THE government plans to lead the regions out of the pandemic-induced recession with a massive infrastructure spend, forking out billions on roads, rail and water projects.
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The 2020/21 budget will see $14 billion in new and accelerated infrastructure developments, which is expected to support a further 40,000 jobs.
More than 40 new regional transport projects will be funded, and Deputy Prime Minister and Infrastructure Minister Michael McCormack said the emphasis was on shovel-ready projects that would boost productivity and deliver long-term benefits.
There are several big-ticket transport link projects in each state - $560 million for the Singleton bypass and $490m for the Coffs Harbour bypass in NSW, $528m for upgrades to the Shepparton and Warrnambool rail lines in Victoria, $750m for the Coomera Connector in Queensland, $80m for the Wheatbelt Secondary Freight Network in WA and $136m to progress the Main South Road duplication in SA.
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"This government is driving the delivery of major infrastructure projects as we map the economic road back from the pandemic, building the economy and providing certainty for business over the long term," Mr McCormack said.
Treasurer Josh Frydenberg said the funding for shovel-ready projects would be provided to the state governments on a "use it or lose it basis".
"If a state drags its feet, another state will get the money - we need works to start, not stall," Mr Frydenberg said in his budget speech.
"We know that building more infrastructure now means more jobs now."
An additional $2 billion will be allocated to road safety projects, which will support upgrades such as wire rope barriers and rumble strips, while $1 billion worth of road and community infrastructure grants will be made available to local councils.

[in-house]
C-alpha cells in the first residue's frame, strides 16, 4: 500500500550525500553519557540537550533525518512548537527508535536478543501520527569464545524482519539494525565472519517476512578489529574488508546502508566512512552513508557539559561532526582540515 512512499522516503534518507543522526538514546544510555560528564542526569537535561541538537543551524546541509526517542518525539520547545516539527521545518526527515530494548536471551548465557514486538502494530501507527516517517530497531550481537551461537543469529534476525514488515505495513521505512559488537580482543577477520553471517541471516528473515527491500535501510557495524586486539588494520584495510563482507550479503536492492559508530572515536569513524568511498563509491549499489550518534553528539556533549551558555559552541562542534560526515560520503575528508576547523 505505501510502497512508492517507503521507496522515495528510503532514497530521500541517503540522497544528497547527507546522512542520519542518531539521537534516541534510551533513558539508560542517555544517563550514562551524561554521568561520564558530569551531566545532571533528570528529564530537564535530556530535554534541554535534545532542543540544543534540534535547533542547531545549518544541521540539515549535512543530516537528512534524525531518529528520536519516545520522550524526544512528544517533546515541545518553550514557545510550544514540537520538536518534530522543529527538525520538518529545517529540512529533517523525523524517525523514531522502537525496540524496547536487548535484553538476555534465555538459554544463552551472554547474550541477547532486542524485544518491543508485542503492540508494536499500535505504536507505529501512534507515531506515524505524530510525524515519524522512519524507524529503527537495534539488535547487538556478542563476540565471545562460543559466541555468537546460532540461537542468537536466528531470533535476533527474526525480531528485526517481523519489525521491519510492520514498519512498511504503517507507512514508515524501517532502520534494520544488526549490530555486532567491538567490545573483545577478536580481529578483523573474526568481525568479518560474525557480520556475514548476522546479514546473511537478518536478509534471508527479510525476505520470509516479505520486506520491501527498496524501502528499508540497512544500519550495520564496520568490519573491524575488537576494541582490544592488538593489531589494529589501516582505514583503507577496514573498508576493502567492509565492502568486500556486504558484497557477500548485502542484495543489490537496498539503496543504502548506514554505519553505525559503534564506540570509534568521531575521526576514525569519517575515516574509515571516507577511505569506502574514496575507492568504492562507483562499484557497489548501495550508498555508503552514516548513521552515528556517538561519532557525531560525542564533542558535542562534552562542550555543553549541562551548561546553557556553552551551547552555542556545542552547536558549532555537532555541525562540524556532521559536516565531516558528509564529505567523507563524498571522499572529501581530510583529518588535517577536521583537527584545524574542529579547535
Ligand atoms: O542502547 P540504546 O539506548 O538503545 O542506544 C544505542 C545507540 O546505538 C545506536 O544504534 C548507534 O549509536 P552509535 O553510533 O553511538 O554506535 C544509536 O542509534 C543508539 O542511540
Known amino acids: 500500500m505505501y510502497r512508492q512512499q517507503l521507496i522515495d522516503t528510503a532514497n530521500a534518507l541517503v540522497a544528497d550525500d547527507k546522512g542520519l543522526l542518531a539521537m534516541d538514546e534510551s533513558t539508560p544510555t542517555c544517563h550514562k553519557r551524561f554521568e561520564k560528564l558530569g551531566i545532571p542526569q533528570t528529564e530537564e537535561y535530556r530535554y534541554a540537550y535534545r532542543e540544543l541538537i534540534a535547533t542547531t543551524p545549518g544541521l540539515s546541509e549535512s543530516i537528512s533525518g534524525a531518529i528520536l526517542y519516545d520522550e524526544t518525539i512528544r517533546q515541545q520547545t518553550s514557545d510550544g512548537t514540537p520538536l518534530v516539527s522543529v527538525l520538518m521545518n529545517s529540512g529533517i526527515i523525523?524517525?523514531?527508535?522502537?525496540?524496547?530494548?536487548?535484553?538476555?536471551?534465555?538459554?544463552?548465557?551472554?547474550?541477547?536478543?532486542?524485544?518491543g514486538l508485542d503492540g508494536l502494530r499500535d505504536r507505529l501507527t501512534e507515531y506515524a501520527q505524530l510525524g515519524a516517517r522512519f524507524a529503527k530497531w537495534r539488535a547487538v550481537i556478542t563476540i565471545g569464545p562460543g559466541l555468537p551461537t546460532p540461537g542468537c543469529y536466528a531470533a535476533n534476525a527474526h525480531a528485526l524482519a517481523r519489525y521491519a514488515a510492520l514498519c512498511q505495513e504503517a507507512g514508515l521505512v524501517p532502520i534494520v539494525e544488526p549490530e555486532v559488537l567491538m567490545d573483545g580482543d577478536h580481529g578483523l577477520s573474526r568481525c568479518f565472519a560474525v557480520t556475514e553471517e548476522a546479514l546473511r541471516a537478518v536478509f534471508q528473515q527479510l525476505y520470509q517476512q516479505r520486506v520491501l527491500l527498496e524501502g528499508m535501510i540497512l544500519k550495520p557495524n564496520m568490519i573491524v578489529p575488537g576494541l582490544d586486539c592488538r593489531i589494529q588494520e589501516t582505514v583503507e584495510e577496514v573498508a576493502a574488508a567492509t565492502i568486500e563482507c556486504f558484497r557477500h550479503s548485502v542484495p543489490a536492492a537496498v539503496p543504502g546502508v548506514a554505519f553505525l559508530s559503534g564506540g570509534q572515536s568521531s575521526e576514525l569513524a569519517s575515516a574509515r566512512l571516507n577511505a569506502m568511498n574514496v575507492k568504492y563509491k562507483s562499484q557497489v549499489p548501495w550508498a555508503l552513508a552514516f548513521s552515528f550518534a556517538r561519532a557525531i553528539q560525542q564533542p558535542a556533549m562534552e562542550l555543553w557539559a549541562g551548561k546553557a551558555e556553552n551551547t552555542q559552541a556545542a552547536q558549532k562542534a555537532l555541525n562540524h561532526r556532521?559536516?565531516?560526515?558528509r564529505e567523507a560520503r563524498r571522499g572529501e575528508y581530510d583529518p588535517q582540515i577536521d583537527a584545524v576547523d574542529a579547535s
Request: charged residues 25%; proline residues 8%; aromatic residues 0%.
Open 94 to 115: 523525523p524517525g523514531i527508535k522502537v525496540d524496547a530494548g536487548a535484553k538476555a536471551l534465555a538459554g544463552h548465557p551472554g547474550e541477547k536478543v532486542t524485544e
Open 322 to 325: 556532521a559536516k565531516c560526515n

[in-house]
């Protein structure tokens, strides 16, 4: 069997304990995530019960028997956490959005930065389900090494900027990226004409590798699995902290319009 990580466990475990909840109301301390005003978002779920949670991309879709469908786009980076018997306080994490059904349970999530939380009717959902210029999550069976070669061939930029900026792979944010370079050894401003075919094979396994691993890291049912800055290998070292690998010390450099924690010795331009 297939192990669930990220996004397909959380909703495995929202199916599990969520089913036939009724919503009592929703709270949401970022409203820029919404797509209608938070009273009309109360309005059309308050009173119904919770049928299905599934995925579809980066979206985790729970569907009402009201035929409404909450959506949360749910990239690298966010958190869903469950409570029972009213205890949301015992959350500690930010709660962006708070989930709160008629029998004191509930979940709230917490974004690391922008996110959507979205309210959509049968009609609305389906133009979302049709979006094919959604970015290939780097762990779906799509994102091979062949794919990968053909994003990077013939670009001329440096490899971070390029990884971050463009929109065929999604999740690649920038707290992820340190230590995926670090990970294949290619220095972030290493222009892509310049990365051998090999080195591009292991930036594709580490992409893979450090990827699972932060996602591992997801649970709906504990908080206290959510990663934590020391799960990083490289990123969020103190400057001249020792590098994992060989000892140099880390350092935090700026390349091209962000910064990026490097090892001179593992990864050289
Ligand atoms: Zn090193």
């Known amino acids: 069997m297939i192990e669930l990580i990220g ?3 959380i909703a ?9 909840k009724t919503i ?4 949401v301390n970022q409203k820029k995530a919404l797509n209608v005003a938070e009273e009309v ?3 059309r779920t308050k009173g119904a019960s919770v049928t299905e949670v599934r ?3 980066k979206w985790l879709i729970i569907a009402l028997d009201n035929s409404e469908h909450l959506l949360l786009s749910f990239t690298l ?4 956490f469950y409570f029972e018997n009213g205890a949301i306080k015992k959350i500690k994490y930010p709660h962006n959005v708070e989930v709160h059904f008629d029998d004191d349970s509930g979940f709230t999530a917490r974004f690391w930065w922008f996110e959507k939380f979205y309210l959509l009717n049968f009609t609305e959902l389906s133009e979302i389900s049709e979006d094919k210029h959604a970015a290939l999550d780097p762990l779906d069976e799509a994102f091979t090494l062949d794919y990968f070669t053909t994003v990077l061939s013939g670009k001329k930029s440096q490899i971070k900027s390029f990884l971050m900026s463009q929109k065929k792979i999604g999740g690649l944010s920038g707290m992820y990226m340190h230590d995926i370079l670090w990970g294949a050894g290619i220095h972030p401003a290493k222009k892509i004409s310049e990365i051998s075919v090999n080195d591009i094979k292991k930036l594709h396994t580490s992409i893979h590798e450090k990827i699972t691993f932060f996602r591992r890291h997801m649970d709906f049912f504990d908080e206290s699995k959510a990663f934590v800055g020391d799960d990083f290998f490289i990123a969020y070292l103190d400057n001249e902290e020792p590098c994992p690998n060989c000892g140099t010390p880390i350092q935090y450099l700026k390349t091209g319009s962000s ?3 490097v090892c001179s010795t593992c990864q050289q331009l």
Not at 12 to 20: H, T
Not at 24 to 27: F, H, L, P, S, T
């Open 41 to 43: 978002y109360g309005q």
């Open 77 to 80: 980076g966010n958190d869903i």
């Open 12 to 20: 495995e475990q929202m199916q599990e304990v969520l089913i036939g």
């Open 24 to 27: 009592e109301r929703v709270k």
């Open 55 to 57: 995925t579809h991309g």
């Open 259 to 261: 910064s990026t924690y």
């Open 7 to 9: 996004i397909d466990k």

A further $2 billion will be added to the National Water Infrastructure Development Fund, which more than doubles the fund to a total of $3.5 billion and will be used to support a 10-year rolling program of priority water infrastructure investments, including dams, pipelines and weirs.
Earlier this week, the government announced an additional $50m to extend the On-Farm Emergency Water Infrastructure Rebate Scheme, while last month in announced $269.6m to invest in Murray Darling Basin communities, $38.7m of which will be used to established a new water compliance authority.
A $5-billion and five-year extension of the the Northern Australia Infrastructure Facility will drive investment and jobs in the top end of the country, while millions will be invested in new regional telecommunications and connectivity projects.
The government also allocated $2 billion for concessional loans to help farmers overcome the devastating drought, $350 million to support regional tourism to attract domestic visitors back to the regions and $200 million for a further round of the Building Better Regions Fund.
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